By Jesse Seidel, edited by Courtney Semoff

January 31st marked the ninetieth birthday of William Kennedy, as well as, the 35th anniversary of the Writer’s Institute which he founded. Professors, students, and avid fans of literature showed up in droves at Albany’s City Hall to celebrate.

The event was kicked off by a short speech by Mayor Kathy Sheehan who introduced William Kennedy: his history as an Irishman growing up in North Albany, leaving the area, and then coming back. She gave William Kennedy a pocket notebook to continue his journey of being a ‘Political Wizard’ a ‘Fearless Nobody’ or a ‘Daring Ethnic’ as these character tropes are prevalent in his books.

This was followed by several noted politicians including, Congresswoman Kathy Hochul, and Holly William – who was there in the stead of another congressman – they talked about how they met William Kennedy and the effect knowing him had on their lives: be it neighbors, colleagues, or just sharing in one another’s Irish heritage. It was also during this calvalcade of congressional compatriots that it was announced that the Writer’s Institute had raised $110,000, overshooting their 90,000 dollar goal – chosen as a nod to William Kennedy’s 90th birthday – by nearly 20%.

The gathered were reminded of William Kennedy’s humble beginnings as an intrepid reporter trying to root out corruption in Albany. It was a treat to share the experience of viewing a short video of various people wishing him a happy birthday and a long life including his grandkids, people mentored by him, people who benefitted from the Writer’s Institute and even well known actor, Mark Ruffalo.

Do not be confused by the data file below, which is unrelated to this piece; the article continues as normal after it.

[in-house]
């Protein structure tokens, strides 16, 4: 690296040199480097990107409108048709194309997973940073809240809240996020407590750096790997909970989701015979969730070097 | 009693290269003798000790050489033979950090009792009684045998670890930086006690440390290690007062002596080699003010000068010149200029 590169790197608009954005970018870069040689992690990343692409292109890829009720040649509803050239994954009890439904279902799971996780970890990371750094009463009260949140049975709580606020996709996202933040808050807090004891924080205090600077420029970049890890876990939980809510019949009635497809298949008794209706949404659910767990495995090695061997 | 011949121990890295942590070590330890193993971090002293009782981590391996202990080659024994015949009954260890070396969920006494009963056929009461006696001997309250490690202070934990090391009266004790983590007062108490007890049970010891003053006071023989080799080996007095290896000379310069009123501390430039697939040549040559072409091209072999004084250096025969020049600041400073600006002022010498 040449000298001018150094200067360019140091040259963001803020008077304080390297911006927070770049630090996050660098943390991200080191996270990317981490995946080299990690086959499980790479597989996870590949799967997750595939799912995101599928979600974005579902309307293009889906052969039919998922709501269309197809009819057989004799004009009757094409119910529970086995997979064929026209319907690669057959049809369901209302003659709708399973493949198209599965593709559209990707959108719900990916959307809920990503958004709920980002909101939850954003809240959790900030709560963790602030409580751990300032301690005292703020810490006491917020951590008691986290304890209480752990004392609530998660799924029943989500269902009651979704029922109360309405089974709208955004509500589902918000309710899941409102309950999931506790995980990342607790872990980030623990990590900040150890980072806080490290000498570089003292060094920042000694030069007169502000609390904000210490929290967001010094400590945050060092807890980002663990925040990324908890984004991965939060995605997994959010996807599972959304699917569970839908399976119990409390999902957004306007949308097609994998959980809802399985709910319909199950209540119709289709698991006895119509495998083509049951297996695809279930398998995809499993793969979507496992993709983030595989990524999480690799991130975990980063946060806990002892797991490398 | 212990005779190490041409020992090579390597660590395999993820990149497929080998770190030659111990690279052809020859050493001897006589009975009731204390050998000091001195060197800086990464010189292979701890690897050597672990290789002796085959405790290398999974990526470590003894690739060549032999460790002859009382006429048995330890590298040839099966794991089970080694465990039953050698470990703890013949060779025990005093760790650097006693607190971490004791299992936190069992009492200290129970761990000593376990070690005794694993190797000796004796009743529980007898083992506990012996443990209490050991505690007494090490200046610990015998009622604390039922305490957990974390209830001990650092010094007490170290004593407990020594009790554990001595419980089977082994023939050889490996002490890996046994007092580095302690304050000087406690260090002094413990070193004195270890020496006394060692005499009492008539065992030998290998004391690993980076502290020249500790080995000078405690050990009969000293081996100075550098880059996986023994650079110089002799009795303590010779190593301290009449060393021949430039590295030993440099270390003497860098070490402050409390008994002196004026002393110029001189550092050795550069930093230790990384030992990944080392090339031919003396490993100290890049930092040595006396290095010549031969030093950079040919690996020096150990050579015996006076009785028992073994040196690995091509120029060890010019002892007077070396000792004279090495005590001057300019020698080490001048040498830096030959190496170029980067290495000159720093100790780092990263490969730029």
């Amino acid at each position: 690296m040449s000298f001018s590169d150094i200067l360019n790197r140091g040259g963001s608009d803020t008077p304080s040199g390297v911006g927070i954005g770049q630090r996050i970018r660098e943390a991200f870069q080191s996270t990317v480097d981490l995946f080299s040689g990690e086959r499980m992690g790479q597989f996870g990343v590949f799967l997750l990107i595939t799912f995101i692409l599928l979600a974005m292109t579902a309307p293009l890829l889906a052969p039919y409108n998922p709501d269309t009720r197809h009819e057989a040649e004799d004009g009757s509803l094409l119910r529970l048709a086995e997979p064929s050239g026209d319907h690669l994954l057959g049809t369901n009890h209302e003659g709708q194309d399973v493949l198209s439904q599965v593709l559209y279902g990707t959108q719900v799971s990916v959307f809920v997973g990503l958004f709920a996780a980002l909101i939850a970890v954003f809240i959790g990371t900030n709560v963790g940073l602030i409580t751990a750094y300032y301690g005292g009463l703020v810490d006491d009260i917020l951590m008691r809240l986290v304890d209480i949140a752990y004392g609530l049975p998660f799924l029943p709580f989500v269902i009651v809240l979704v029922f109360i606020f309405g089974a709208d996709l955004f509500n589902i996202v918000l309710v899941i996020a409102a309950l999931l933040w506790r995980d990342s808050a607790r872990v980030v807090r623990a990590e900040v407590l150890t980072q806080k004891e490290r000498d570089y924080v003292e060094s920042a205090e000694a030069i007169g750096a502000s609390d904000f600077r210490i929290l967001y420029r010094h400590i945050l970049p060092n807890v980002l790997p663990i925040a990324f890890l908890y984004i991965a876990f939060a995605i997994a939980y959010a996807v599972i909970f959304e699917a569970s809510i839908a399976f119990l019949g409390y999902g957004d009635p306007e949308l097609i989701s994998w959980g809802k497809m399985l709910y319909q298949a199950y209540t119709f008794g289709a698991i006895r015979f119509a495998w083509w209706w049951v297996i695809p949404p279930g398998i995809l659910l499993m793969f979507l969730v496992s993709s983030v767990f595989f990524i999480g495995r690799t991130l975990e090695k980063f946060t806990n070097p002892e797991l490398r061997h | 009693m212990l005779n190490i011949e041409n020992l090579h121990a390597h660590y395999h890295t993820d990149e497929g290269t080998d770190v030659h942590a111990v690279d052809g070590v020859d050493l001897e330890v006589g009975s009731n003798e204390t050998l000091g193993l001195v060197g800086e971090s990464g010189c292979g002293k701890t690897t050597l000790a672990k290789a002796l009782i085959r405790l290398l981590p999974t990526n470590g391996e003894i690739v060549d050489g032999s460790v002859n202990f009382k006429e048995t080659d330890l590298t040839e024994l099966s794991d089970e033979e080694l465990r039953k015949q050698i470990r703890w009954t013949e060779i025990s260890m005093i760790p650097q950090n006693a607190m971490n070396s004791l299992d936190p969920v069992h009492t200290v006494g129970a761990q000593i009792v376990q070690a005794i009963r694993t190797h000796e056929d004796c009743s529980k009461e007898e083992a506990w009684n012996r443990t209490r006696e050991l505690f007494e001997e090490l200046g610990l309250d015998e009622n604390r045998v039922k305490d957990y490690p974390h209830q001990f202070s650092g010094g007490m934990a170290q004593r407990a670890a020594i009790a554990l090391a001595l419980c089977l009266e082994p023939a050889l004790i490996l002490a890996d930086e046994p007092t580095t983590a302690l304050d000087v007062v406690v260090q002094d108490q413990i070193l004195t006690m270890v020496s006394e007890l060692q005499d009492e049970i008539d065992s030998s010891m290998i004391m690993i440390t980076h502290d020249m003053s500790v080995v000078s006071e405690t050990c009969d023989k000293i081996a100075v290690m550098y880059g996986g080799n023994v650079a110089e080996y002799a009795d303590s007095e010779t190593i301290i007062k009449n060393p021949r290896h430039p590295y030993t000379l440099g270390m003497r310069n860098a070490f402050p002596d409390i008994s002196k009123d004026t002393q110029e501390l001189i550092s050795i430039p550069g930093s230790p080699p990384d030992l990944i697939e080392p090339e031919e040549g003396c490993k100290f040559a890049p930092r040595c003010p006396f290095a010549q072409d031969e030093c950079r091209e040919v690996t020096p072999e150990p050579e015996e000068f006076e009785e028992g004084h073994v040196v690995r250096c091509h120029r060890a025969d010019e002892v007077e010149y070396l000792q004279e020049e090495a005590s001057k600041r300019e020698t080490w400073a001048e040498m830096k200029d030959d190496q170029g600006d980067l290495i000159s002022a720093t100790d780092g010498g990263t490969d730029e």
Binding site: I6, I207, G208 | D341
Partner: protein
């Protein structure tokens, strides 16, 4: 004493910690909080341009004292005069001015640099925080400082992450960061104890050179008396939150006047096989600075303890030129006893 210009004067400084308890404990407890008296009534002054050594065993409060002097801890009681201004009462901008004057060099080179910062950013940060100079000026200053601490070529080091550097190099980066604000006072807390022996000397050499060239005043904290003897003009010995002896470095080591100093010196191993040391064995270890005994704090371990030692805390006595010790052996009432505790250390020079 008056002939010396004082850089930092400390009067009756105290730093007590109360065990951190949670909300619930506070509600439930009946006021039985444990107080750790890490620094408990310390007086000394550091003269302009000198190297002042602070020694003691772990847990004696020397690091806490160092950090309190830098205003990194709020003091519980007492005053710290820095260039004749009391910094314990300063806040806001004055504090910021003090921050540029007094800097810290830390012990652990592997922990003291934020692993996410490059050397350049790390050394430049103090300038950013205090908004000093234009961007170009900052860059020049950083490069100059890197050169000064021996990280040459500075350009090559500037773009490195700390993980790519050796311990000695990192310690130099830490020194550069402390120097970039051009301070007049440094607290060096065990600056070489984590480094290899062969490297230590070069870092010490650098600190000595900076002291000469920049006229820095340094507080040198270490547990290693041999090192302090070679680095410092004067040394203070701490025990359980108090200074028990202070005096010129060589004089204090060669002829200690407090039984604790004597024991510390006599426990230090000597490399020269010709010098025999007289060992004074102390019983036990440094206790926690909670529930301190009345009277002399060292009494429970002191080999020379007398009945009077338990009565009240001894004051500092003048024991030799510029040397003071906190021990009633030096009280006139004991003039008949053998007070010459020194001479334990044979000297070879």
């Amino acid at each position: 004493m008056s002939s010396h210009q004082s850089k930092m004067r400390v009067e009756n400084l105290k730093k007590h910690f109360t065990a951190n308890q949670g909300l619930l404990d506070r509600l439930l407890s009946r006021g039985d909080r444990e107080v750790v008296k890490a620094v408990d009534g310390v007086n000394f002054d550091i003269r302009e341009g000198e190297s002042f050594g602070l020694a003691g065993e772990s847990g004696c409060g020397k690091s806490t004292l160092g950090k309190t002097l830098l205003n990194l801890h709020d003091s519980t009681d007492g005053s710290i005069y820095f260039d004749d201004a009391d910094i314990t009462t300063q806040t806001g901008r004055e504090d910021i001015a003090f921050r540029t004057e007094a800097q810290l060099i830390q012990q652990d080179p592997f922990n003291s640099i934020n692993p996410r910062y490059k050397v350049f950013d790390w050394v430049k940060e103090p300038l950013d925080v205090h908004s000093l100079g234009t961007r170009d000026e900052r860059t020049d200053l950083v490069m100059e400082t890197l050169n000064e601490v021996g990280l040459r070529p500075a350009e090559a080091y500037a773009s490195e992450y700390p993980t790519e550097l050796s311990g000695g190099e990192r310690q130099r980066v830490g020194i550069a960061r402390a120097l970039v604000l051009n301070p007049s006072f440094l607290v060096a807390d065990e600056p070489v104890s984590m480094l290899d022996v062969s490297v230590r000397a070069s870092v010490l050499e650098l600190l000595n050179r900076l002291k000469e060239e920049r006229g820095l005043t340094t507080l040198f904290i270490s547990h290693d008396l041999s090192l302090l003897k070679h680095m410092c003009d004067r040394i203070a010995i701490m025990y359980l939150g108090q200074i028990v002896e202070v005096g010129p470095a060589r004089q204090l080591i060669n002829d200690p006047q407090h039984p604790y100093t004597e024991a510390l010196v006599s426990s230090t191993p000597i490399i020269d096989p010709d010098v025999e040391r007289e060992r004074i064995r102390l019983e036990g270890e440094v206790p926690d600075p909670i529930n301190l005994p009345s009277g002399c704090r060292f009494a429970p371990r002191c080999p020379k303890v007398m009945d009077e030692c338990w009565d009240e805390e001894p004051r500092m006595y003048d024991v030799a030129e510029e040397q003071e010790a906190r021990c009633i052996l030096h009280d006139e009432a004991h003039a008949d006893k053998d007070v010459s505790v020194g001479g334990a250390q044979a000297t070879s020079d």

HVWG at Kennedy 90th

Afterwards, the members of the Hudson Valley Writers Guild presented a reading of a truly witty excerpt from Kennedy’s book Roscoe and a performance by Albany Pro Musica which proved to be a haunting litany that left one wanting for more.

Finally, William Kennedy himself closed the ceremony. He talked about how, with him holding three keys to the city, Albany should probably change its locks by now. He then shared about how he grew up in Albany and why he started the Writer’s Institute. There was a great need for beginning, unknown writers to be able to ask the seasoned veterans of publishing the important questions such as, “What am I doing wrong?”, and be given the advice that is needed, even if it isn’t the advice that is wanted.

I enjoyed the event immensely, though I did think it was a bit cramped, but that just goes to show the fervor Albany has for one who has put the city on the map in the world of writing and the literary arts. William Kennedy spoke with a spark of wit that has remained with him for nearly a century, his story reminds authors that a slow start should push people to write more and hope for the best with their writing.